1. Jane, the depth of your research is amazing. Do you go through a particular process before starting a novel? Can you give us some tips on effective research?
I've always been caught up with the details of history, which is why I peruse antique stores, museums, and watch Antique's Road Show with a note pad in hand. On any given day, I ask myself how my character might have dealt with a grumpy store clerk or a bad tooth or a broken arm fifty miles from the nearest doctor.
Because most of my characters are based on real people, I create a timeline usually beginning with their birth, where they were, who the family consisted of at that point, etc. As I track family tree material, I'm also looking at current events at the same time and asking myself what the family would have known of the beginning of the War of 1812 or when news of Lincoln's assassination might have reached them in far away Oregon Territory. I read what others might have written about the character or the event (as in the Oregon Trail disaster of 1852 that I wrote of in the Kinship and Courage Series), and read books like "The History of the Cholera Epidemic." I make a note of particular events that seem intriguing to me with where I learned about it (museum notes, a book, etc.) and a reference right on the timeline, so I can go back and find it later for more detail.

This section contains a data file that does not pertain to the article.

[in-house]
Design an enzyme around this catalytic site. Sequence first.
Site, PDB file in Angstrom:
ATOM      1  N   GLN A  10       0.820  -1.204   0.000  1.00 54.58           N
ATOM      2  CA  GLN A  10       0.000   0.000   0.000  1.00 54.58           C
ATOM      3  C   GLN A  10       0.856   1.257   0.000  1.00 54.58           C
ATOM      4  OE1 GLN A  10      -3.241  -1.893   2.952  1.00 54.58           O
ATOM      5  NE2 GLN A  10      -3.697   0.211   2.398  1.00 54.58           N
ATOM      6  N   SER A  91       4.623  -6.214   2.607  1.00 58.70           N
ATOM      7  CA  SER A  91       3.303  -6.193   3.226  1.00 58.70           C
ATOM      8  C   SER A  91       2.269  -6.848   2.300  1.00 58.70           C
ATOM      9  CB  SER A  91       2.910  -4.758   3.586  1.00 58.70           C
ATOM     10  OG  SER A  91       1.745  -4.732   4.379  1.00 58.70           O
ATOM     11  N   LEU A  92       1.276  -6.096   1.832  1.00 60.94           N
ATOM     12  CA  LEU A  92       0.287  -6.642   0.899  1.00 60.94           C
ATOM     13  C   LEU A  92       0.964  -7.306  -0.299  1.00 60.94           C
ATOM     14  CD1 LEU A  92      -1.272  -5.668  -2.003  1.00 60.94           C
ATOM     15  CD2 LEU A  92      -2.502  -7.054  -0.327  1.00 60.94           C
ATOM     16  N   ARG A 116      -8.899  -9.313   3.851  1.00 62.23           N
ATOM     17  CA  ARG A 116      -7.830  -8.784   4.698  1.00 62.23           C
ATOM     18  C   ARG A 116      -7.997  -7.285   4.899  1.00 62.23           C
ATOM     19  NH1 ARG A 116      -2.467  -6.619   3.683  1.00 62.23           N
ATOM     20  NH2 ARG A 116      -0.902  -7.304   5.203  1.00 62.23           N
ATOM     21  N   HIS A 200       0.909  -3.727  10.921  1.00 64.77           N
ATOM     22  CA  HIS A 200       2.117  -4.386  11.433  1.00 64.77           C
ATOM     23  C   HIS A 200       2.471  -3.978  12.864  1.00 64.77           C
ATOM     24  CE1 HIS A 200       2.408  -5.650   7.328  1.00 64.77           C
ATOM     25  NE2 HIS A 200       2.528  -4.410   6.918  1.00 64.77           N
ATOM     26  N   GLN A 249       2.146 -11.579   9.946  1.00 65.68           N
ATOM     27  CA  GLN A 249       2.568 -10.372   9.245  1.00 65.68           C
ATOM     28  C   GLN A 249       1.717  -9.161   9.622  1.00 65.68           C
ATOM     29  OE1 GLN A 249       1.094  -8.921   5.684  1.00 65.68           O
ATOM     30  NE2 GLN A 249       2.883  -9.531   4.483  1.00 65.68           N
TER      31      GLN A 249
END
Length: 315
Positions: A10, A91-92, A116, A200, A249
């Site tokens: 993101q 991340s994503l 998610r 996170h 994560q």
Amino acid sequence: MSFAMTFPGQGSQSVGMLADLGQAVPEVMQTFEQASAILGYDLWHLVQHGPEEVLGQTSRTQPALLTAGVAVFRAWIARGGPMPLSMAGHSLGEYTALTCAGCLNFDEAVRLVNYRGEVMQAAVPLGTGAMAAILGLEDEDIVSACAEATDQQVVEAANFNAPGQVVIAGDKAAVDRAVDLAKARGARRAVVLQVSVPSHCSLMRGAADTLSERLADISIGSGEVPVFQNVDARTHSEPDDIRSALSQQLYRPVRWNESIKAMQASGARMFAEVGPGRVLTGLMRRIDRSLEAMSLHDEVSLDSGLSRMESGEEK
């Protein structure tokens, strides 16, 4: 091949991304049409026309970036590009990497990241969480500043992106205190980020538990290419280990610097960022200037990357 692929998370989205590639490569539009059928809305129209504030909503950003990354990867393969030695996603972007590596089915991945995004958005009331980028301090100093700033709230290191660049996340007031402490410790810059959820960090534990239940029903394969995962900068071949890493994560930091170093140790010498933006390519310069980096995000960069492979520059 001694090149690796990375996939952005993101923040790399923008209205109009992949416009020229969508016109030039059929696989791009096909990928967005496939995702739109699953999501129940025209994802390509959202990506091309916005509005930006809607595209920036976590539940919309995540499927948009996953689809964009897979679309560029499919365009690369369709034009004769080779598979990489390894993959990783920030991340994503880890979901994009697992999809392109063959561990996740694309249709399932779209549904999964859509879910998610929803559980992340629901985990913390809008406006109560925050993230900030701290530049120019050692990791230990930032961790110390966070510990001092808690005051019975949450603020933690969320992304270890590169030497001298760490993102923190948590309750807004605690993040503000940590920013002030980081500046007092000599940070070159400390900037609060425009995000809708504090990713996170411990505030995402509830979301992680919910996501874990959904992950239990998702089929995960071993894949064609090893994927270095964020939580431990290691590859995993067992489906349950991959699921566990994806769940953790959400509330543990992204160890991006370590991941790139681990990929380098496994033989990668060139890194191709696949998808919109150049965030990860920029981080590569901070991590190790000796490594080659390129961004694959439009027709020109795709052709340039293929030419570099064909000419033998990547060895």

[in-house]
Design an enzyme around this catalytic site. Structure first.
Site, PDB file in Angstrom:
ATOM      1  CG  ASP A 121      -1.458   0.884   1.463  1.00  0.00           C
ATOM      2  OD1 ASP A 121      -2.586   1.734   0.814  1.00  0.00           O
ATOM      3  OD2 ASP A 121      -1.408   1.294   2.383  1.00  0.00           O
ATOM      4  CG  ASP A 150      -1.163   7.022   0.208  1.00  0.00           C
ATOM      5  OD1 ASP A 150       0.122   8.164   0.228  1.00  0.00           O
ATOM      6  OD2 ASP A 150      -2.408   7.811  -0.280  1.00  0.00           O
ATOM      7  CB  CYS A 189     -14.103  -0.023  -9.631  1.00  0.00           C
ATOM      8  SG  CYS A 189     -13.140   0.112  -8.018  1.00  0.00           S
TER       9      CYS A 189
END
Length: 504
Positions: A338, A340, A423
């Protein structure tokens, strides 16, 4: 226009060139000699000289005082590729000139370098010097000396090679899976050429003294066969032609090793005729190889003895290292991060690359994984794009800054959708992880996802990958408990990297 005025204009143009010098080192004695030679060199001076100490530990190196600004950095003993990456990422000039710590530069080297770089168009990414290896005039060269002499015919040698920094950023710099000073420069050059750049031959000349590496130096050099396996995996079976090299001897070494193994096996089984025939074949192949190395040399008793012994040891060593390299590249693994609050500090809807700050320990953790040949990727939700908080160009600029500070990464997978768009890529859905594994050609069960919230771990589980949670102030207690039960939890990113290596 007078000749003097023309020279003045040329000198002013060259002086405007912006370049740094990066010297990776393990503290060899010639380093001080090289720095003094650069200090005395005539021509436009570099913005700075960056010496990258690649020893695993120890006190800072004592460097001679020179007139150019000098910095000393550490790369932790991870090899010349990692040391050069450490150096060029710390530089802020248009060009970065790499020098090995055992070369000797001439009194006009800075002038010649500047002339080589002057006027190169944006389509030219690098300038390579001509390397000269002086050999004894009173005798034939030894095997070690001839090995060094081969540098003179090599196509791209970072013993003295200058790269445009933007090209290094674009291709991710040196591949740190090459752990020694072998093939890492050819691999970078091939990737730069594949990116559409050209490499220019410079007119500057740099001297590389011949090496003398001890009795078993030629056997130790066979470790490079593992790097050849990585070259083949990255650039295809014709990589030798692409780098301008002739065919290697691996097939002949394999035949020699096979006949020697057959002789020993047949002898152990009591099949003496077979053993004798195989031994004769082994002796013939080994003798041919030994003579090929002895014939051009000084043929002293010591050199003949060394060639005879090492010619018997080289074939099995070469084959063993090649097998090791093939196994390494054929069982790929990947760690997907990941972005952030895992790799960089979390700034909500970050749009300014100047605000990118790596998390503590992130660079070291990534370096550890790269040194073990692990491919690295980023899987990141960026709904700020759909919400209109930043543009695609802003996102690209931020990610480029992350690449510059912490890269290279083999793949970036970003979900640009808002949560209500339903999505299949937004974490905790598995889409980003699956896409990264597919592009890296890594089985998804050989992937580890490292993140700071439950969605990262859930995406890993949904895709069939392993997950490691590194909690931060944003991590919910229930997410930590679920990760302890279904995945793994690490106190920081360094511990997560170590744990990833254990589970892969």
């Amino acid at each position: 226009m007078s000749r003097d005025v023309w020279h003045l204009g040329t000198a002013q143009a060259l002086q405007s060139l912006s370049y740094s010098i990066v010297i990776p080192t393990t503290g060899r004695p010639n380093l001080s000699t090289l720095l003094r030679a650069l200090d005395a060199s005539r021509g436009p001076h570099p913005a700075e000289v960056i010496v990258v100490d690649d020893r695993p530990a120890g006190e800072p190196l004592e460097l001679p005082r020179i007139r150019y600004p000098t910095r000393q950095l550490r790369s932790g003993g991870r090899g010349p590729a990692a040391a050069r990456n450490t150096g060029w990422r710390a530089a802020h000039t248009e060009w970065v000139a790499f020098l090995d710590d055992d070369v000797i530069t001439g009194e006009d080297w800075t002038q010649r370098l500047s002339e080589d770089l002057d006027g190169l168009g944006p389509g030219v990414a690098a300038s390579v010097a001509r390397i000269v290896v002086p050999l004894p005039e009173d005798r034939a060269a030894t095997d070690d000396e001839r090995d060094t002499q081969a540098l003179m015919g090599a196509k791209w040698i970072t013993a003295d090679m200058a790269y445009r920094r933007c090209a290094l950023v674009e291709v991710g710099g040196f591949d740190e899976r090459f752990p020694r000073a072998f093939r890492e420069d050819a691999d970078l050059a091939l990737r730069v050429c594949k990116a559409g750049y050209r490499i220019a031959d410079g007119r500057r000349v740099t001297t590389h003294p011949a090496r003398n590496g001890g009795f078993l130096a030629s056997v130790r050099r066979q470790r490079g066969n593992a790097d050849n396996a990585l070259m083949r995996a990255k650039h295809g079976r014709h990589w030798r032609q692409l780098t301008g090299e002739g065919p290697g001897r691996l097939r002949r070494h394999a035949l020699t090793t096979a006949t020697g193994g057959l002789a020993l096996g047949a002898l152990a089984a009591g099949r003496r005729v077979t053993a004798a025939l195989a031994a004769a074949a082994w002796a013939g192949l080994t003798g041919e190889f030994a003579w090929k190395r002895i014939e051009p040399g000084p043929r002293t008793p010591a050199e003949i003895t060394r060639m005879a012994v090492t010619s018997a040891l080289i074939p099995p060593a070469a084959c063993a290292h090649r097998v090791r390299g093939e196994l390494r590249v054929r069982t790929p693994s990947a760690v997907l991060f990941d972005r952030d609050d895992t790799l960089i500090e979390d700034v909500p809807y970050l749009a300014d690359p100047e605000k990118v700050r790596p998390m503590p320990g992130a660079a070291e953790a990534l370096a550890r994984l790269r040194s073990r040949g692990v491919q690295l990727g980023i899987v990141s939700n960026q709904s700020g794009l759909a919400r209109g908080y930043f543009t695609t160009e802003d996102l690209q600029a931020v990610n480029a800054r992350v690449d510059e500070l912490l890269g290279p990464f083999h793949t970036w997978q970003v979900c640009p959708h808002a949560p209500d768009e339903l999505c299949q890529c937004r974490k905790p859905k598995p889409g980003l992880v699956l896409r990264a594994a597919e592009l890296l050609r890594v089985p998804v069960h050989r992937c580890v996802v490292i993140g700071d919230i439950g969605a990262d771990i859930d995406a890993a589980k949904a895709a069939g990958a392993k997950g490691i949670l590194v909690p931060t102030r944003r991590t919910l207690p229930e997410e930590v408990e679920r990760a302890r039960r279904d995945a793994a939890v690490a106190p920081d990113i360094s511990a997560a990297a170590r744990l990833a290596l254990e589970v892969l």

Photographs are very important in my research. I Google, "Penny Postcards" and then enter the county I'm looking for and find a range of picture postcards during the early 20th century when they were popular. My latest novel, "A Flickering Light," is about my grandmother, an early photographer in Minnesota. I located a postcard picture of the "Northwest Stammers School" in Milwaukee, which played into the storyline as her younger brother stammered as a result of an accident that my grandmother felt some guilt about. She was in Milwaukee running a photographic studio in 1911, so the school played into the storyline. I would not have known about it without seeking out photographs of the region and period.
Due to the vast amount of material Jane provided, we'll continue this interview on Friday in place of the Friday Round-Up.